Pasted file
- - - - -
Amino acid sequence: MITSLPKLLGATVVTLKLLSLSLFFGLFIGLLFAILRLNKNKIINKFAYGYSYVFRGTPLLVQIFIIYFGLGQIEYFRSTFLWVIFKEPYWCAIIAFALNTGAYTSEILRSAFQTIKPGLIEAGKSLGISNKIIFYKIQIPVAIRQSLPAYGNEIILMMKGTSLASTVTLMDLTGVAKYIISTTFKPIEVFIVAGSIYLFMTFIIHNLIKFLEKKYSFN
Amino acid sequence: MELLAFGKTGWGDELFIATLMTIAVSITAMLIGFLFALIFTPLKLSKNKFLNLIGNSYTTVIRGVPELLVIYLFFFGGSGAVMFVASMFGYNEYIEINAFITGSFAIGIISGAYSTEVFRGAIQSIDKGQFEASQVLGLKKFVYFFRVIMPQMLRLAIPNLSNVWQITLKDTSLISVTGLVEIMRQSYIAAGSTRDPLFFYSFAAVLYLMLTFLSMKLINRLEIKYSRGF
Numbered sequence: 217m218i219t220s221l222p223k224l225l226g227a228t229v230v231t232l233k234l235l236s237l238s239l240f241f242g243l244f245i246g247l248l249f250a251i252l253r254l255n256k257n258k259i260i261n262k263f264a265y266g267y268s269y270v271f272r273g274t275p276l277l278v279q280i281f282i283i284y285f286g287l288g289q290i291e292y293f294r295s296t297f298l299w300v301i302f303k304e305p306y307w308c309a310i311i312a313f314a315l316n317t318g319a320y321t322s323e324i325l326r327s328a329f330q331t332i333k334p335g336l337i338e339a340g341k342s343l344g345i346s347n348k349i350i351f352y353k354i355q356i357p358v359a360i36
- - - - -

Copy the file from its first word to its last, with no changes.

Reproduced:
Amino acid sequence: MITSLPKLLGATVVTLKLLSLSLFFGLFIGLLFAILRLNKNKIINKFAYGYSYVFRGTPLLVQIFIIYFGLGQIEYFRSTFLWVIFKEPYWCAIIAFALNTGAYTSEILRSAFQTIKPGLIEAGKSLGISNKIIFYKIQIPVAIRQSLPAYGNEIILMMKGTSLASTVTLMDLTGVAKYIISTTFKPIEVFIVAGSIYLFMTFIIHNLIKFLEKKYSFN
Amino acid sequence: MELLAFGKTGWGDELFIATLMTIAVSITAMLIGFLFALIFTPLKLSKNKFLNLIGNSYTTVIRGVPELLVIYLFFFGGSGAVMFVASMFGYNEYIEINAFITGSFAIGIISGAYSTEVFRGAIQSIDKGQFEASQVLGLKKFVYFFRVIMPQMLRLAIPNLSNVWQITLKDTSLISVTGLVEIMRQSYIAAGSTRDPLFFYSFAAVLYLMLTFLSMKLINRLEIKYSRGF
Numbered sequence: 217m218i219t220s221l222p223k224l225l226g227a228t229v230v231t232l233k234l235l236s237l238s239l240f241f242g243l244f245i246g247l248l249f250a251i252l253r254l255n256k257n258k259i260i261n262k263f264a265y266g267y268s269y270v271f272r273g274t275p276l277l278v279q280i281f282i283i284y285f286g287l288g289q290i291e292y293f294r295s296t297f298l299w300v301i302f303k304e305p306y307w308c309a310i311i312a313f314a315l316n317t318g319a320y321t322s323e324i325l326r327s328a329f330q331t332i333k334p335g336l337i338e339a340g341k342s343l344g345i346s347n348k349i350i351f352y353k354i355q356i357p358v359a360i36